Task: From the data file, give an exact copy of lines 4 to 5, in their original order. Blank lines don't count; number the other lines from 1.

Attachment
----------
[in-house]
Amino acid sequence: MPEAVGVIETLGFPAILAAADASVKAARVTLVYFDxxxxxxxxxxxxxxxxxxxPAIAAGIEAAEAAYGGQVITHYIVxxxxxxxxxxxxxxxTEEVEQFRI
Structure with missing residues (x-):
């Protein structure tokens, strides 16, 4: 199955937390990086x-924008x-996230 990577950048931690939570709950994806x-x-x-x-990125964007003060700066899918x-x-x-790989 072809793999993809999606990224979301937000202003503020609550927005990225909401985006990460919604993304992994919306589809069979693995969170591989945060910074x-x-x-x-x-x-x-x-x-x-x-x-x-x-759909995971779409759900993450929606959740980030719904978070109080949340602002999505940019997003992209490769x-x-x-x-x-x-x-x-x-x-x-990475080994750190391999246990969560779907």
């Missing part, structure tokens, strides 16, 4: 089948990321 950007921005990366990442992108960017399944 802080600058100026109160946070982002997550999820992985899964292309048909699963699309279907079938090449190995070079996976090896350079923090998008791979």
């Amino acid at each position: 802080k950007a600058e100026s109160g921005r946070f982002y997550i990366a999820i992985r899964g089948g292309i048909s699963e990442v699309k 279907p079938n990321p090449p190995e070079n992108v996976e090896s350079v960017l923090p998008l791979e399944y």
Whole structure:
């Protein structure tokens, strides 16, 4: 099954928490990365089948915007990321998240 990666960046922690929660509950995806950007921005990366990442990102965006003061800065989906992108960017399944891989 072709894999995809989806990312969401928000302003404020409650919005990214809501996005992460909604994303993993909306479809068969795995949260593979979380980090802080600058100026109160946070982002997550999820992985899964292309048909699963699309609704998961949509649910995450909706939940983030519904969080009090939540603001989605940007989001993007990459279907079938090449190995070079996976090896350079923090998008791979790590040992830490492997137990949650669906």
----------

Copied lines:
């Protein structure tokens, strides 16, 4: 199955937390990086x-924008x-996230 990577950048931690939570709950994806x-x-x-x-990125964007003060700066899918x-x-x-790989 072809793999993809999606990224979301937000202003503020609550927005990225909401985006990460919604993304992994919306589809069979693995969170591989945060910074x-x-x-x-x-x-x-x-x-x-x-x-x-x-759909995971779409759900993450929606959740980030719904978070109080949340602002999505940019997003992209490769x-x-x-x-x-x-x-x-x-x-x-990475080994750190391999246990969560779907």
């Missing part, structure tokens, strides 16, 4: 089948990321 950007921005990366990442992108960017399944 802080600058100026109160946070982002997550999820992985899964292309048909699963699309279907079938090449190995070079996976090896350079923090998008791979």